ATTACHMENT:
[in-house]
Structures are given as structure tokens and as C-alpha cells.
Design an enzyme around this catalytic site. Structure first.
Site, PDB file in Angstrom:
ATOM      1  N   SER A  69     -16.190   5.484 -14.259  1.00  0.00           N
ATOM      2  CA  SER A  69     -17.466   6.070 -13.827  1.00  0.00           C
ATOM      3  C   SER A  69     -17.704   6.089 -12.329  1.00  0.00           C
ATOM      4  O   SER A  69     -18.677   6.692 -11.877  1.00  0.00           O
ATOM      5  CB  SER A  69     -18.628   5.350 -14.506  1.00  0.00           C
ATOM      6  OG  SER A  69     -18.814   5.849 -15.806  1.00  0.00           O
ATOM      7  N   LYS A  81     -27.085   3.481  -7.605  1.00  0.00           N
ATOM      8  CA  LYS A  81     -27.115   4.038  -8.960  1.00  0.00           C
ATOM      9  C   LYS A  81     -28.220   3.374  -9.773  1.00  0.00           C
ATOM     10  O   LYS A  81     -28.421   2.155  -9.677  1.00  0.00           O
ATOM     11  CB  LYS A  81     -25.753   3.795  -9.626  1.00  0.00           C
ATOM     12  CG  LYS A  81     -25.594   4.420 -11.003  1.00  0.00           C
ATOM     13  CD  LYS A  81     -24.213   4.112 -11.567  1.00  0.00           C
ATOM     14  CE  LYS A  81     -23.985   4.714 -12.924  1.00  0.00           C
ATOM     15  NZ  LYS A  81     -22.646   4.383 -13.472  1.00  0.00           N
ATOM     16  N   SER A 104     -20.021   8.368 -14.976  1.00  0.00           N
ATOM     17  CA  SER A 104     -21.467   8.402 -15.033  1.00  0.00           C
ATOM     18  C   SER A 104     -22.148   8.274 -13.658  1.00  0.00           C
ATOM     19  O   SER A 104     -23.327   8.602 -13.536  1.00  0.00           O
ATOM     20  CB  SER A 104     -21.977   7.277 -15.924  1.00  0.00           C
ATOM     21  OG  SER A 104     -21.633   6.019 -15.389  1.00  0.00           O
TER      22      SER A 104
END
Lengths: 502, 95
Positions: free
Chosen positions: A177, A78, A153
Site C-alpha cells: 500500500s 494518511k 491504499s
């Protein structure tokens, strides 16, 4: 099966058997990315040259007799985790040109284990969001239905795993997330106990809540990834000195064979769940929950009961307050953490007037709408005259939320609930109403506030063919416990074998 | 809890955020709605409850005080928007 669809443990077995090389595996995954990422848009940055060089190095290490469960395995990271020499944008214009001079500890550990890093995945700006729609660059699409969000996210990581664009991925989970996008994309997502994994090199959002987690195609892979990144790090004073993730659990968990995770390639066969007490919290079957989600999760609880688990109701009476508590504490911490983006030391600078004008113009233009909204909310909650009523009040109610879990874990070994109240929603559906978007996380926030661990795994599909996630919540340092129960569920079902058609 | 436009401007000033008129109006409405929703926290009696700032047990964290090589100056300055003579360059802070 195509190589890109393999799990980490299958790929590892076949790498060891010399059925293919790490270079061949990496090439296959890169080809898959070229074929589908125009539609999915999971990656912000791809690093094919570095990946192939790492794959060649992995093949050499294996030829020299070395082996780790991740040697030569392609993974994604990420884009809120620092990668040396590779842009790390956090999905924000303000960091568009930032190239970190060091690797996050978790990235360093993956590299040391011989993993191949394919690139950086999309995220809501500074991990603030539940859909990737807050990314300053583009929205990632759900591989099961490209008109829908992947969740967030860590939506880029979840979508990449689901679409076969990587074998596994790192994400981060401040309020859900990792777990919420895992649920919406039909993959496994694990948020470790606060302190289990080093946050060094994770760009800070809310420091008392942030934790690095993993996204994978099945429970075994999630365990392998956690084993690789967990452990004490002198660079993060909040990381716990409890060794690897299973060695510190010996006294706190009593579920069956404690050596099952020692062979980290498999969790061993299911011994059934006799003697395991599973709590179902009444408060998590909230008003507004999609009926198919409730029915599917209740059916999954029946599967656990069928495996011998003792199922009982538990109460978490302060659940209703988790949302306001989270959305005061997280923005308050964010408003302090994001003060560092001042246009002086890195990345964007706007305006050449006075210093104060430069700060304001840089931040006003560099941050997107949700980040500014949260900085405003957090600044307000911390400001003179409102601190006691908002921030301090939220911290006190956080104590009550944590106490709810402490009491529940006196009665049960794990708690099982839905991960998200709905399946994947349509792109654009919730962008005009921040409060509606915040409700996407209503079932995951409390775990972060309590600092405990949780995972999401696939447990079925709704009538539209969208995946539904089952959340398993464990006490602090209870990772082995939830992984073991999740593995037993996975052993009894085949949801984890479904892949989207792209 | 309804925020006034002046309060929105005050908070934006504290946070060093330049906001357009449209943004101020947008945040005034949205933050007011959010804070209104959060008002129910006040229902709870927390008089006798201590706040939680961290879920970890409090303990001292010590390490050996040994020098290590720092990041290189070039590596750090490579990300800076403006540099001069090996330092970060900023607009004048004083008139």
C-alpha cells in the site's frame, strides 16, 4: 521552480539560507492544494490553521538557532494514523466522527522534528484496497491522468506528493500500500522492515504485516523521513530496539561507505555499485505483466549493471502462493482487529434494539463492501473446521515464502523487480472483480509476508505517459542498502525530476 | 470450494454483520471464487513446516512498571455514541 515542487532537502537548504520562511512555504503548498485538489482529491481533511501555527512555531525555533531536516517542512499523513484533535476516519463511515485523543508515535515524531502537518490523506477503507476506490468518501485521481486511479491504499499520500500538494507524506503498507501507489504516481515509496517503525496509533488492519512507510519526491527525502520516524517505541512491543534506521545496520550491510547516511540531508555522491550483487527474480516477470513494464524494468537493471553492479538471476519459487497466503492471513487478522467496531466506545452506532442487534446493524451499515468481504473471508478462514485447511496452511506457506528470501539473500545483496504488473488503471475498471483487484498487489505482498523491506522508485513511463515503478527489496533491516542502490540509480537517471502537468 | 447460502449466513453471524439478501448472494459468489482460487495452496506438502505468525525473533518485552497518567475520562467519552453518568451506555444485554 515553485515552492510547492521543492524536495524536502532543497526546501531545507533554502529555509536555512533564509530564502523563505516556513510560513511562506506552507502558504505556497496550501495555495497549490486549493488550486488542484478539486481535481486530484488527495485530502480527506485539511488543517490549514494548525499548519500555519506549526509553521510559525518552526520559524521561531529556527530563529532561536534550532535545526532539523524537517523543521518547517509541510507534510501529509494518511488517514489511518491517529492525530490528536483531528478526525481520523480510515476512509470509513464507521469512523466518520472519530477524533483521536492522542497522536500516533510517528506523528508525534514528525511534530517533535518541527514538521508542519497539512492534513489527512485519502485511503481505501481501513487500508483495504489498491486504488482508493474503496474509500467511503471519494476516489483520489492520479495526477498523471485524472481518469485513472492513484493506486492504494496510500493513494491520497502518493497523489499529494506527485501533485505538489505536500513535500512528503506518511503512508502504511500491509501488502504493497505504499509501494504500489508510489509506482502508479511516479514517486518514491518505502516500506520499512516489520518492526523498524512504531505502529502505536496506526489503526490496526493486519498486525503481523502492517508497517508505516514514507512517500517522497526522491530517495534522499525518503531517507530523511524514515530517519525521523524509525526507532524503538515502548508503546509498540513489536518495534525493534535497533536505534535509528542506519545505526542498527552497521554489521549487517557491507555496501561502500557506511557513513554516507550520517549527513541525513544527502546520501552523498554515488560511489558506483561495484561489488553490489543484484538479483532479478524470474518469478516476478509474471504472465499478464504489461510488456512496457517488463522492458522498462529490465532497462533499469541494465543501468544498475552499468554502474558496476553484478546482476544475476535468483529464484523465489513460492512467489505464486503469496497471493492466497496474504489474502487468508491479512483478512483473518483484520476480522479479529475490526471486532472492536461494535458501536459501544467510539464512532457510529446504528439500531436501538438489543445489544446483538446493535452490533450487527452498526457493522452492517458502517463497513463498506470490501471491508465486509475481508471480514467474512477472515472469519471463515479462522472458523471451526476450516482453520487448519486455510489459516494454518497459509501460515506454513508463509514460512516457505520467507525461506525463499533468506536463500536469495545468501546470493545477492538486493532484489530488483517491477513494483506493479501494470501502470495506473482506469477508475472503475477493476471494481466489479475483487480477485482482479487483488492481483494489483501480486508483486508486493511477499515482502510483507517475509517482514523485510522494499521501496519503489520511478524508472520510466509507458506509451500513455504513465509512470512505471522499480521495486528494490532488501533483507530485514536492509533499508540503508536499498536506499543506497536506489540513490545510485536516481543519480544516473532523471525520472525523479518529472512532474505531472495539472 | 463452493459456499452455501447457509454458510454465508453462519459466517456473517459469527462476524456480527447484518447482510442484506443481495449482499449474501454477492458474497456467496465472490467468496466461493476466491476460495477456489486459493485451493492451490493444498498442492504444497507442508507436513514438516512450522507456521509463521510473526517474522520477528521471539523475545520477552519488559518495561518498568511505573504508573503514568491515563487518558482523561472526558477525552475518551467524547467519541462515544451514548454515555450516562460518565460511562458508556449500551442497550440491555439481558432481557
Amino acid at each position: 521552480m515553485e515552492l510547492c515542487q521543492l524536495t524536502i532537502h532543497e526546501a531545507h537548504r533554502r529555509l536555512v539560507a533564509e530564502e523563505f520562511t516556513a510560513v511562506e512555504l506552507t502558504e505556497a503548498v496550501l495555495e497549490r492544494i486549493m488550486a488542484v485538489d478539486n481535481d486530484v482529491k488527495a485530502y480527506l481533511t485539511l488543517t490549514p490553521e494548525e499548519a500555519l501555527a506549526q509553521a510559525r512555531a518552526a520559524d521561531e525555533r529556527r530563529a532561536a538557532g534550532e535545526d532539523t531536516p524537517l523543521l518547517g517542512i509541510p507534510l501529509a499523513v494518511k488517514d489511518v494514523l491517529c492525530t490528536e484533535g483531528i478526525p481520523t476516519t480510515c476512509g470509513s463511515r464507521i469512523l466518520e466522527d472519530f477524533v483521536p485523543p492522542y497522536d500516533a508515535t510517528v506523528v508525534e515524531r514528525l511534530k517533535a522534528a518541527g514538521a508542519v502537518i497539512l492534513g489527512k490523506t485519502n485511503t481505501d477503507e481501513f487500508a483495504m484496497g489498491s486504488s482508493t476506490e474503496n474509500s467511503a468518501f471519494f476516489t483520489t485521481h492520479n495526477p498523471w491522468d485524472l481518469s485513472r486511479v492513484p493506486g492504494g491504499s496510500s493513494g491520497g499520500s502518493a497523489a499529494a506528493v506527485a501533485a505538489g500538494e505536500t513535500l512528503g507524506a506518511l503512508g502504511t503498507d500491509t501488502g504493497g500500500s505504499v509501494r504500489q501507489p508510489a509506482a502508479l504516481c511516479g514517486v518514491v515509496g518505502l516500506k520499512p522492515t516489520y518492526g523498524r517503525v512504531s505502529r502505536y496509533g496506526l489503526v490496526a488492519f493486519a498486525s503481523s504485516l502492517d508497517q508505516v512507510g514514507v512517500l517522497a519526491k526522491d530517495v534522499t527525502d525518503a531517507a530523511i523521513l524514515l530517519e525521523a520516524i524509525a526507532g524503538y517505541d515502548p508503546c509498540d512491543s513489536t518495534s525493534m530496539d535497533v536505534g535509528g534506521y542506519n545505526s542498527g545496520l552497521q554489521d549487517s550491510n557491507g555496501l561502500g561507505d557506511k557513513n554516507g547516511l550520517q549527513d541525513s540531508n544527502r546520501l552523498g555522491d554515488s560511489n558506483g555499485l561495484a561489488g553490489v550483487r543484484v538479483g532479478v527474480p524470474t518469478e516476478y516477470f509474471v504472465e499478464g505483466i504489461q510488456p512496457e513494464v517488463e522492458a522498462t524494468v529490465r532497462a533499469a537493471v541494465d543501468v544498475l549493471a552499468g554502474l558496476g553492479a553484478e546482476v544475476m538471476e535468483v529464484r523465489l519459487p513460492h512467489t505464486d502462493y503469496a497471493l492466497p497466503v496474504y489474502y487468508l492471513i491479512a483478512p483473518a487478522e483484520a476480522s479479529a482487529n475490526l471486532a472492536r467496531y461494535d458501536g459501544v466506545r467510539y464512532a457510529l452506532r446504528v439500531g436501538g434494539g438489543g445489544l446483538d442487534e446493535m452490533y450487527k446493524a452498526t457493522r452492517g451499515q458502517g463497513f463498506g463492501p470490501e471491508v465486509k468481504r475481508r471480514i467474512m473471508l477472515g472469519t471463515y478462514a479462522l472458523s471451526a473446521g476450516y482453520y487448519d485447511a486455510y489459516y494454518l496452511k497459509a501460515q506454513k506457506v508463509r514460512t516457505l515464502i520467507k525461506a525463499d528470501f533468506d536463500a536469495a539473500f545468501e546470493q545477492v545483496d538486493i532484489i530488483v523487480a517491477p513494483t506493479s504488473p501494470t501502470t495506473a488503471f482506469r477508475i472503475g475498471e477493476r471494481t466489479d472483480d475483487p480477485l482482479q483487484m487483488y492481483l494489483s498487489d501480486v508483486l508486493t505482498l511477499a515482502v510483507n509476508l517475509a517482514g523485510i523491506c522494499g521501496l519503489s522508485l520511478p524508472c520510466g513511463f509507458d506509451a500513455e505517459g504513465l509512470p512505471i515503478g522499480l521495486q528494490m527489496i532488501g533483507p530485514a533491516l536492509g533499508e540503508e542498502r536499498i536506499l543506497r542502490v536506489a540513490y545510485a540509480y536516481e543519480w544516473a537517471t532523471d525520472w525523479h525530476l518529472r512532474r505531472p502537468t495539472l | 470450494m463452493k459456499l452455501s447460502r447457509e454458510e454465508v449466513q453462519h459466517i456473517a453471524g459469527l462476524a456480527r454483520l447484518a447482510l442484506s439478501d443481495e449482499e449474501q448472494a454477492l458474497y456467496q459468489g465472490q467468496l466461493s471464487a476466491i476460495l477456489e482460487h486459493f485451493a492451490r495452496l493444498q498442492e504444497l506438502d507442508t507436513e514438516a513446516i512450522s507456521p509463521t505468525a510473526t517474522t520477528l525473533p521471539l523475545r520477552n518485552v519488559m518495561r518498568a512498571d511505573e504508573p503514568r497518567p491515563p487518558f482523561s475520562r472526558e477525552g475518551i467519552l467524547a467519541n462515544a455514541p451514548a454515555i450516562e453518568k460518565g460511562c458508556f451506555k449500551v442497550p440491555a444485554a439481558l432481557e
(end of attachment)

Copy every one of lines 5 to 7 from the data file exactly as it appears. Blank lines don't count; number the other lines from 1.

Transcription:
ATOM      1  N   SER A  69     -16.190   5.484 -14.259  1.00  0.00           N
ATOM      2  CA  SER A  69     -17.466   6.070 -13.827  1.00  0.00           C
ATOM      3  C   SER A  69     -17.704   6.089 -12.329  1.00  0.00           C